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COVID-19 response memo, 7/29/20

On Wednesday, the Indianapolis Metropolitan Police Department announced new use of force policies.

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COVID-19 response memo, 7/29/20
 

Happy Wednesday. Local, state, and federal highlights in today’s memo include:

  • Holcomb Extends Stage 4.5 of Indiana’s Recovery Plan Through Aug. 27

  • Meadows Says Benefits to Expire as Negotiators Struggle To Get Deal

  • Former Gov. Joe Kernan Dies at 74, After Battle With Alzheimer’s Disease

  • IPS to Begin School Year Fully Online as Coronavirus Cases Rise in Indiana

  • Teachers May Stage “Safety Strikes” If Forced Into Unsafe Schools, Union Leader Says

  • U.S. Chamber and MetLife Poll Shows Small Business Recovery Losing Steam Amid ‘Second Wave’ Concerns

  • IMPD Releases New Use of Force Policies

  • Important Dates

  • Daily Numbers

    Let’s dive in.

 
 

Holcomb Extends Stage 4.5 of Indiana’s Recovery Plan Through Aug. 27

 

Breaking: Indiana Gov. Eric Holcomb on Wednesday said he would issue an executive order to keep the state in Stage 4.5 of its pandemic recovery plan through Aug. 27. In addition, Holcomb said he was extending the state’s landlord moratorium on evictions though Aug. 14. The moratorium, which prohibits landlords from initiating court proceedings to kick out their tenants, has been in effect since mid-March.

Holcomb first announced Stage 4.5 of the Back on Track plan on July 4. It was initially supposed to cover the period from July 4-17, but the governor extended the stage for at least another two weeks. Stage 4.5 was not part of the original Back on Track plan but was implemented when officials became wary of moving from Stage 4 to Stage 5, representing full recovery with no restrictions on business and social behavior. Holcomb said the additional extension of Stage 4.5 to Aug. 27 was needed because Indiana’s COVID-19 testing positivity rate continues to rise. Local governments are allowed to issue more stringent plans.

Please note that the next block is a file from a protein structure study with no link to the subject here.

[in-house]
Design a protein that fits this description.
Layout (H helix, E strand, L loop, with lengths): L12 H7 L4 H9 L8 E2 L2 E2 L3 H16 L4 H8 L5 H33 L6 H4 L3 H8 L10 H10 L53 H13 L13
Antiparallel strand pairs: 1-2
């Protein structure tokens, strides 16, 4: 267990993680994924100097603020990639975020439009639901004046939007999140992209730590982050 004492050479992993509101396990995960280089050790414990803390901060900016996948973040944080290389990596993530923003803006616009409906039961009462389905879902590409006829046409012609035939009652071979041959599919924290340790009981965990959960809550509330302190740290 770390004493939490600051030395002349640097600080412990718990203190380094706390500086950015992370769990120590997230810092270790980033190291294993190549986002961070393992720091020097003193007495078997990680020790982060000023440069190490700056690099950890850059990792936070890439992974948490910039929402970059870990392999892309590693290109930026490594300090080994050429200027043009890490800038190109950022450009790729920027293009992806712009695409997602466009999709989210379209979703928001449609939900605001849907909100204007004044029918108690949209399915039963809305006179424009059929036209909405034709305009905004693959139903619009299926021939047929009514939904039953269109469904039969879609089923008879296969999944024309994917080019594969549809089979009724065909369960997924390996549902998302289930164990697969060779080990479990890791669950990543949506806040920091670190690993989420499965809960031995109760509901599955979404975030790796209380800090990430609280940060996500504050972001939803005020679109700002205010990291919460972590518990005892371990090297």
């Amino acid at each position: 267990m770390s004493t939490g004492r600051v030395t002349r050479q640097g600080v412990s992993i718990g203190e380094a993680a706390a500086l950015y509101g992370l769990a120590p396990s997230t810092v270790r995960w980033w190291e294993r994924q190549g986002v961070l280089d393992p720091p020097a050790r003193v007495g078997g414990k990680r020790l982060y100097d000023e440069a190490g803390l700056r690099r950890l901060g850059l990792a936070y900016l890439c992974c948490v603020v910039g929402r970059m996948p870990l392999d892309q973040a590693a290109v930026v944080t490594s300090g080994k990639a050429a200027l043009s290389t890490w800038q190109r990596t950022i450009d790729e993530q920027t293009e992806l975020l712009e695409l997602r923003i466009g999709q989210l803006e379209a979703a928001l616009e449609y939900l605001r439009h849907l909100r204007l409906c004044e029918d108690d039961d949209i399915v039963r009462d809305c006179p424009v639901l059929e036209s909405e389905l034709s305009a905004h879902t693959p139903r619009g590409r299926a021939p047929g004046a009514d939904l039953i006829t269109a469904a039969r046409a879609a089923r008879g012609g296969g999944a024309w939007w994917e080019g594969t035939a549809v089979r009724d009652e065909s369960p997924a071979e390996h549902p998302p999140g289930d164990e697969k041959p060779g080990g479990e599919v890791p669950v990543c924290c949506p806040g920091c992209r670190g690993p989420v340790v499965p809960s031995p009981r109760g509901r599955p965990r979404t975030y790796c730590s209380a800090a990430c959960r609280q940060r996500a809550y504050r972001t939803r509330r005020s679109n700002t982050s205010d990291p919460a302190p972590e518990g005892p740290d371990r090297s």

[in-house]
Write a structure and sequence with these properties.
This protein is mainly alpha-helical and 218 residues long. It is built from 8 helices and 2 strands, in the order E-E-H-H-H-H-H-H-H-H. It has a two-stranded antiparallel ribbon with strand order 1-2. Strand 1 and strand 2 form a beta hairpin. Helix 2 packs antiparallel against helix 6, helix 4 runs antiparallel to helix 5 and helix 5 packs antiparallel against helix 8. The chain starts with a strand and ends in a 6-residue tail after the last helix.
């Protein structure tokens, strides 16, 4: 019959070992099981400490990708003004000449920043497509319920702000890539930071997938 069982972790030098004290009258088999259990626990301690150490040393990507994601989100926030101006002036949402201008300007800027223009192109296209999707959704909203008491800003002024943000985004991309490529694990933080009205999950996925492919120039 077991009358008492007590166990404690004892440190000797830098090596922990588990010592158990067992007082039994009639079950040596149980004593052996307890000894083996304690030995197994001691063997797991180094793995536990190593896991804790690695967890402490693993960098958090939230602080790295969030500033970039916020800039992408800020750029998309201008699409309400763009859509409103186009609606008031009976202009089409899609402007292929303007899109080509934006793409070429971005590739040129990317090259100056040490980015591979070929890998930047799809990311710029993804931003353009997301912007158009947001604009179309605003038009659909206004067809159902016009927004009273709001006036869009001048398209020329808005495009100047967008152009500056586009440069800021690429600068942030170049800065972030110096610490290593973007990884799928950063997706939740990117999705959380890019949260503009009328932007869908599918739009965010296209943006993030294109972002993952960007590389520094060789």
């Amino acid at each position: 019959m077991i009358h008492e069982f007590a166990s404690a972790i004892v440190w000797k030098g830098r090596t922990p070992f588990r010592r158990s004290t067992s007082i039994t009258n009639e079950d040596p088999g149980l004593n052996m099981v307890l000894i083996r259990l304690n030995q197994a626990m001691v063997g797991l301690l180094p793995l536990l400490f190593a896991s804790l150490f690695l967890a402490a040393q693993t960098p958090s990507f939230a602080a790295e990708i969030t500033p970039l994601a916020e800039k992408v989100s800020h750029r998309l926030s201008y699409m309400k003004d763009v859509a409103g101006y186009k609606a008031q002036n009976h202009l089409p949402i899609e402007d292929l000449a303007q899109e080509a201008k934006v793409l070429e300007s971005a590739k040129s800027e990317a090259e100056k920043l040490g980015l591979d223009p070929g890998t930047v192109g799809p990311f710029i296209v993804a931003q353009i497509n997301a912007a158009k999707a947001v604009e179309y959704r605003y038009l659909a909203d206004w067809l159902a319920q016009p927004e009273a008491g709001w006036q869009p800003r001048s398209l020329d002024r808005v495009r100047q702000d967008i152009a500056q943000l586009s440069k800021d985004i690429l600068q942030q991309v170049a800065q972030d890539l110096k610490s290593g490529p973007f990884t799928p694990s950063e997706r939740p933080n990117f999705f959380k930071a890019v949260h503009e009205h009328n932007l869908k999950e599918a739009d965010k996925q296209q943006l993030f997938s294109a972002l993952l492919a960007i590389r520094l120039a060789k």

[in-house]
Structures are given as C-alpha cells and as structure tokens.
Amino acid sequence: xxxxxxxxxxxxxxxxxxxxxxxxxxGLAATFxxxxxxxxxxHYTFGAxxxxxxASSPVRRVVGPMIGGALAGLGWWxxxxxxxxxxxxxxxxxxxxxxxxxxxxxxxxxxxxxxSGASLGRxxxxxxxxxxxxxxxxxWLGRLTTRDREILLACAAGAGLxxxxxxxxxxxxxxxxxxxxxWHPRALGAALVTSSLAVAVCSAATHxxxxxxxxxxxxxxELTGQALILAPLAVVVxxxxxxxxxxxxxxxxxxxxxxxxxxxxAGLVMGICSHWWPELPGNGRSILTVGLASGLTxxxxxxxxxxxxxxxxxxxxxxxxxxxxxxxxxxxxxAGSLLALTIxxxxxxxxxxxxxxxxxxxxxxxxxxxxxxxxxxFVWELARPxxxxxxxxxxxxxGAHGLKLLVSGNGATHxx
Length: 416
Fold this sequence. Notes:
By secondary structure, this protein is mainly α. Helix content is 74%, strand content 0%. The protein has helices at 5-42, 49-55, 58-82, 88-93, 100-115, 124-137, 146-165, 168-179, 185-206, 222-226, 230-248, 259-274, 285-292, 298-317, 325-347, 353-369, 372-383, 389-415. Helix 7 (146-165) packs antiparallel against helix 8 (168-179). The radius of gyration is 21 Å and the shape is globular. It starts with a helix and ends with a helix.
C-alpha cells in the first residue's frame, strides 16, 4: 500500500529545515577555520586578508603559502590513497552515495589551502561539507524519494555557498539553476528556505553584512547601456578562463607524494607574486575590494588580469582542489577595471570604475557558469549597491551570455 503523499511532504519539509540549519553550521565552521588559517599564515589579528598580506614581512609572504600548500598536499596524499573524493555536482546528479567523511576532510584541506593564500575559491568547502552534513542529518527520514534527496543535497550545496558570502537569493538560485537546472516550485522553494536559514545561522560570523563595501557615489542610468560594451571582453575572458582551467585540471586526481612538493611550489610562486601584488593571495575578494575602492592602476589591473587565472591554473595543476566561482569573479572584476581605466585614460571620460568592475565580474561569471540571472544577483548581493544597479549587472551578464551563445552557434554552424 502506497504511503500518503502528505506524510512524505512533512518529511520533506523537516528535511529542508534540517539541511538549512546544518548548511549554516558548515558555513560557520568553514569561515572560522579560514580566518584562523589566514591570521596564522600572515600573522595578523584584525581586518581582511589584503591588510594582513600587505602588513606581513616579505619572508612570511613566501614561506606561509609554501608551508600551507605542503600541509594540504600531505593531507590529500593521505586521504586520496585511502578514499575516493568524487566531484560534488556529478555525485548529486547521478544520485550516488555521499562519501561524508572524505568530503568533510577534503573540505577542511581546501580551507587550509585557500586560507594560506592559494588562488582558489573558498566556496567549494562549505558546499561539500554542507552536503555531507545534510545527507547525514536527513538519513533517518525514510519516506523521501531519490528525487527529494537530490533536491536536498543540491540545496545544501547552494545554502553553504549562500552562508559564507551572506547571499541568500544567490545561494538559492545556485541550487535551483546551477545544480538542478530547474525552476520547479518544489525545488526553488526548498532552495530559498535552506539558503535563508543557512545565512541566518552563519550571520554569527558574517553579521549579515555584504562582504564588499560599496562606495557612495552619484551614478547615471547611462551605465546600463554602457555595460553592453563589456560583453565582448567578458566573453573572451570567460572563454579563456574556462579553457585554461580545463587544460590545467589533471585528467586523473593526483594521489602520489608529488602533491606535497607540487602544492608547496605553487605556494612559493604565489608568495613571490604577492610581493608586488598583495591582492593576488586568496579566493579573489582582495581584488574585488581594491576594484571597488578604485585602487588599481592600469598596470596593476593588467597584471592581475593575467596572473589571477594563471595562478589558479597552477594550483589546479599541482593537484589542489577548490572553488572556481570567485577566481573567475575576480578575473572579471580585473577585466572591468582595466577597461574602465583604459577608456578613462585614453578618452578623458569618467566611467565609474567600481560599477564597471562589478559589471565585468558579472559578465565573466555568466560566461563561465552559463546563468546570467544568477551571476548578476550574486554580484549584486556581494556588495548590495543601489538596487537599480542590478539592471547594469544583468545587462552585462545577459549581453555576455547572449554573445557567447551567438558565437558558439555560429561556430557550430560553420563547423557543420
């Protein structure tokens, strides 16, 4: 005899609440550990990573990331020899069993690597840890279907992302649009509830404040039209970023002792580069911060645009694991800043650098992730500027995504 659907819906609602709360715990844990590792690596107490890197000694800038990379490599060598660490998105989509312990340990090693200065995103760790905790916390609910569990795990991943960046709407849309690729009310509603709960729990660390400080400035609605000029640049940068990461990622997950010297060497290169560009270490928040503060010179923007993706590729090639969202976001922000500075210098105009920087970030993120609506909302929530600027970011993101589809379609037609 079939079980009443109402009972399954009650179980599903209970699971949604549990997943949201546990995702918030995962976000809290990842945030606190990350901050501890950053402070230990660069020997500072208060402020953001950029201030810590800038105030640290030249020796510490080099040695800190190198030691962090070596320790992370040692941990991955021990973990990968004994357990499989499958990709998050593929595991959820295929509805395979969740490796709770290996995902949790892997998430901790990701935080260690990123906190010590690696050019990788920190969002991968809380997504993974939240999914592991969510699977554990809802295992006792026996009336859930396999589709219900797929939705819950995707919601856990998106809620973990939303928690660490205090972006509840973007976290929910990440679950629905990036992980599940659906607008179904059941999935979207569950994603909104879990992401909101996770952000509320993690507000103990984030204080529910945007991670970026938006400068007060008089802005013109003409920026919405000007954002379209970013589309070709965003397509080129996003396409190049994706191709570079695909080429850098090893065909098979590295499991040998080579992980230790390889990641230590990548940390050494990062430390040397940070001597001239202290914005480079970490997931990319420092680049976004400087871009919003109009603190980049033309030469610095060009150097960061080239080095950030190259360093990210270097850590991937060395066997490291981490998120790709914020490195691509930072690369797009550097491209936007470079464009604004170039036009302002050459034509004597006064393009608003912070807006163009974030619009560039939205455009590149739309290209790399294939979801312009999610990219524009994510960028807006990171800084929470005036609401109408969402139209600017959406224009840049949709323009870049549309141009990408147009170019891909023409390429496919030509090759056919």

Here is the plan, according to the state:

Stage 4.5 (through at least Aug. 27)

– Social gatherings following the CDC’s social distancing guidelines will be limited to up to 250 people. This limit applies to wedding receptions, parties, and other events where people are in close physical contact for extended periods of time, particularly indoors.

– Dining room food service may continue operations at up to 75 percent capacity as long as social distancing is observed. Bar seating in restaurants may continue operations at 50 percent capacity. Bars and nightclubs may operate at 50 percent capacity as long as they adhere to social distancing guidelines.

– Cultural, entertainment and tourism sites may operate at 50 percent capacity.

– Movie theaters, bowling alleys and similar facilities may operate at 50 percent capacity.

– Amusement parks, water parks and similar facilities may operate at 50 percent capacity. Reservations are encouraged to limit the number of customers at any one time.

– Raceways may operate at 50 percent grandstand capacity.

– Fairs, festivals and other similar outdoor events may open. Pari-mutuel horse racing and county and state fair racing may begin with 50 percent spectator capacity. Youth overnight camps may open. (Indianapolis Business Journal)

In addition, Gov. Holcomb says he’s willing to add more funding to the state’s $25 million rental assistance program if needed.

The state’s program, which launched July 13, has already received more than 20,000 applications, but the funds are expected to be enough to cover only about 12,000 households.

The program will provide households assistance of $500 per month for up to four months.

To be eligible for assistance, an individual must be able to show a loss of income from an involuntary job layoff, reduced work hours or reduced pay due to the pandemic. Applicants’ current household income, including unemployment benefits, must be less than their household income was on March 6.

A household also is ineligible for the program if it has already received emergency rental assistance during the COVID-19 crisis. Individuals won’t qualify if they are already receiving rental assistance through Section 8 vouchers or U.S. Department of Agriculture assistance.

A renter’s landlord must also agree to participate in the program. Payments will be made directly to the landlord, who must agree not to evict the tenant until he or she is at least 45 days delinquent.

The state is still processing the applications, but on Wednesday, Holcomb said his administration “will find the resources necessary to meet that need.”

 
 

Meadows Says Benefits to Expire as Negotiators Struggle To Get Deal

 

Breaking: White House chief of staff Mark Meadows said Wednesday that added unemployment benefits will formally expire on Friday as negotiators appear to be struggling to make any progress toward a bipartisan deal.